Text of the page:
What can affect your ability to get a mortgage?

One key step in purchasing a home is qualifying for a mortgage, or the loan used to buy property. Although the application process can be overwhelming, it's a lot easier if you know what to expect.

  1. Credit Score: Various financial factors are included in your credit score, such as student and automotive loans, credit cards and lines of credit. Some credit histories also include cell phone bills and rental property agreements. Lenders view applicants with higher credit scores as lower-risk individuals, so they're able to qualify for loans more easily. Before you submit an application, reviewing your credit score and taking a closer look at your history is helpful. If you spot any discrepancies, you can work with the major credit reporting bureaus to remove errors or inaccuracies and bump up your score.
  2. Down Payment: A down payment is a sum of money paid to the seller at the time of the purchase. The buyer pays the sum, and the amount they can pay plays a role in the overall approval process and the total monthly payment. To put it simply, a higher down payment results in a lower amount borrowed from the lender. The down payment also determines what type of loan a borrower can qualify for, as some loan types require a minimum percentage to be paid down. With DECU’s Private Mortgage Insurance (PMI) in-house mortgage only 10% is required for the down payment as compared to a conventional loan which requires 20%.
  3. Employment History: Your employment history plays a major role in whether or not you can qualify for a mortgage loan. Lenders use this as a measure of risk since a steady source of income indicates the applicant's ability to pay back the loan. In contrast, an individual with a spotty employment history who changes jobs frequently often doesn't look as stable to a lender.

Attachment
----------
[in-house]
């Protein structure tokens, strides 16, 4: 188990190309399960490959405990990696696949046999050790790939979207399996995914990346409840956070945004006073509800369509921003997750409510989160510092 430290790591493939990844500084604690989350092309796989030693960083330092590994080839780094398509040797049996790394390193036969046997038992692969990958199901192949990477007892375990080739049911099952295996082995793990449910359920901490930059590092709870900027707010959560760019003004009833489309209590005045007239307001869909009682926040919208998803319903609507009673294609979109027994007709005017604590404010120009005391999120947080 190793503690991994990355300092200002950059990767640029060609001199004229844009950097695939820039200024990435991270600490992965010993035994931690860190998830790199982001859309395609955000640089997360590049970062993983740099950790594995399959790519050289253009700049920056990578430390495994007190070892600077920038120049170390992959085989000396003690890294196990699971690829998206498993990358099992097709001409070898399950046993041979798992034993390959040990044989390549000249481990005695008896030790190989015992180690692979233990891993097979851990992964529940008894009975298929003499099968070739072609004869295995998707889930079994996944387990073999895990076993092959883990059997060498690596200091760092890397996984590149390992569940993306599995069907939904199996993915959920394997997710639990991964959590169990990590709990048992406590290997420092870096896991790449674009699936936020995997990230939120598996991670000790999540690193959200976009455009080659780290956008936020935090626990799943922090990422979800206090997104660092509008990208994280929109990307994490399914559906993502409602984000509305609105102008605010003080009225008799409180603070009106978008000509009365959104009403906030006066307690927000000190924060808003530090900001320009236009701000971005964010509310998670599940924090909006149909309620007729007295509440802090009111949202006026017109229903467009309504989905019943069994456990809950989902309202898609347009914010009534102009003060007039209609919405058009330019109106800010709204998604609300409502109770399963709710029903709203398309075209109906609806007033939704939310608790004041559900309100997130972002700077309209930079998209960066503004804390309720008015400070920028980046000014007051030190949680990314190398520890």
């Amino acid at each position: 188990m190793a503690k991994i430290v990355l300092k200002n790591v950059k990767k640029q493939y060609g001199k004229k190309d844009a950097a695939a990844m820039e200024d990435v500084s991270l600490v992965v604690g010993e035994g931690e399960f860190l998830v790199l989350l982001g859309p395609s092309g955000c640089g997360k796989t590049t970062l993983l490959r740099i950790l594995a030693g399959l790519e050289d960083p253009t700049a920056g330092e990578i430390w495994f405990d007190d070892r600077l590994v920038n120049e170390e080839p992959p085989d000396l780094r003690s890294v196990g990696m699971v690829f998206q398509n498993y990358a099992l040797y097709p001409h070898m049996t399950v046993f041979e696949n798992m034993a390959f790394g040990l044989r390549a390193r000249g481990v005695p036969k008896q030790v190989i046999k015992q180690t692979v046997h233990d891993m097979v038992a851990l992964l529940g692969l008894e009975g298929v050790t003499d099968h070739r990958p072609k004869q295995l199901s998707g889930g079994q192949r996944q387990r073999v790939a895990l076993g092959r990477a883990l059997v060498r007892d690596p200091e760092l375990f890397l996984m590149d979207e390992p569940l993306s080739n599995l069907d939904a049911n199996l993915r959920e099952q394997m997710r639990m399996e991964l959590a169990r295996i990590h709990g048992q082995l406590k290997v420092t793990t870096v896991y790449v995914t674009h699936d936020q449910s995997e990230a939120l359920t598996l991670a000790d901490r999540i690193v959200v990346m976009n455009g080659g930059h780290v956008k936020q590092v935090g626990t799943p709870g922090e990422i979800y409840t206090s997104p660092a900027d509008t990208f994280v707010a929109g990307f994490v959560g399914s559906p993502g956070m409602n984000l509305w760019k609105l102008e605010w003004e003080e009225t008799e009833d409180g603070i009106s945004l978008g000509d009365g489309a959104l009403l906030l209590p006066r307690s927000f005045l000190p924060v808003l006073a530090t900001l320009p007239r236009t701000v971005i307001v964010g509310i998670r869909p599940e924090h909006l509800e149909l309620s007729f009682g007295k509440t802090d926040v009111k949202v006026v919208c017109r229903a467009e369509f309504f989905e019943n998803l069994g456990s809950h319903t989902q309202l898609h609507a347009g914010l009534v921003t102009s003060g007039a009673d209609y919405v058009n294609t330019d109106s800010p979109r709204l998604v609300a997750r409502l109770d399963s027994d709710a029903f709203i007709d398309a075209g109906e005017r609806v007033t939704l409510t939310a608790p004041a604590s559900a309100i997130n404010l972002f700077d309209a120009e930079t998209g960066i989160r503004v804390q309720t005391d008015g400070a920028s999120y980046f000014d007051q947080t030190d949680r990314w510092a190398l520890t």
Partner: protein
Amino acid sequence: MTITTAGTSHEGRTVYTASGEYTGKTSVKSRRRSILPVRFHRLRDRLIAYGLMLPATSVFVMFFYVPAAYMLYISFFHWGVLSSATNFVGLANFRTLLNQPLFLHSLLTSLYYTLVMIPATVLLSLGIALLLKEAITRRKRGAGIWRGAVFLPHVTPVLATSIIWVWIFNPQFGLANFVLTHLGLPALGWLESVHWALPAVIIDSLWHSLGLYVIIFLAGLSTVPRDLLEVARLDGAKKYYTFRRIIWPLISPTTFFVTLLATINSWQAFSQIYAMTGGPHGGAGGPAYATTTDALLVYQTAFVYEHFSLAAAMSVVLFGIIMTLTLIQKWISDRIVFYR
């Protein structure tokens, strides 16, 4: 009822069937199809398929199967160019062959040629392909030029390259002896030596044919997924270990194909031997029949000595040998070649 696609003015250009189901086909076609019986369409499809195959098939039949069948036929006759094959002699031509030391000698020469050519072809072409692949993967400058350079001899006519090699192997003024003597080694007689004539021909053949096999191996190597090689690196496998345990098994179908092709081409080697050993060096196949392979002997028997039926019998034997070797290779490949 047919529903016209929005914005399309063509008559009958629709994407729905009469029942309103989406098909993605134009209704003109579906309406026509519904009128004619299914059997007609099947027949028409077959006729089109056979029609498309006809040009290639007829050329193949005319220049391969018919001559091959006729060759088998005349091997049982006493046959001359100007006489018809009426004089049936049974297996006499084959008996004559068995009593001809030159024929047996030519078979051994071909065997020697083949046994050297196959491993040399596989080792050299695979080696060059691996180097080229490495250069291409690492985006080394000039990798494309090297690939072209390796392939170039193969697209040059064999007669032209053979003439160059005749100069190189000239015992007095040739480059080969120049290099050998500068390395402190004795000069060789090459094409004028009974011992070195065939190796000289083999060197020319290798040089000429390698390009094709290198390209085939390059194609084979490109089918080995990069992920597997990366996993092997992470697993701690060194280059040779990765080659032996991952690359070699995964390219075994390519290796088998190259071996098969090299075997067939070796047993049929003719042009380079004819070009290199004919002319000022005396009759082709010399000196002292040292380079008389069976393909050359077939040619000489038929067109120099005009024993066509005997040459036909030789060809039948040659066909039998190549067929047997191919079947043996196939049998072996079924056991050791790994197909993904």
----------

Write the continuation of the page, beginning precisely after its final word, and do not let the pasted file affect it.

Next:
4. Debt-to-income (DTI) ratio: Before a lender approves a mortgage loan, they assess the applicant's debt-to-income ratio. This involves an assessment of how much money you bring in each month and any outstanding debts you're responsible for at the time. This formula provides insights into the monthly mortgage payment you would be able to realistically afford on top of your existing debt. The calculation may include various types of debt, such as:
    1. Auto loans
    2. Credit card debt
    3. Student loans
    4. Lines of credit
    5. Medical or health care debt
    6. Mortgage loans
  5. Home Location: The state and even the city you're shopping in can affect your interest rates and qualification status. Rural areas may qualify for different loan types, while homes in urban areas could have different requirements.

Moving Forward

Full campaign details, timeline, and announcements here!

Learn More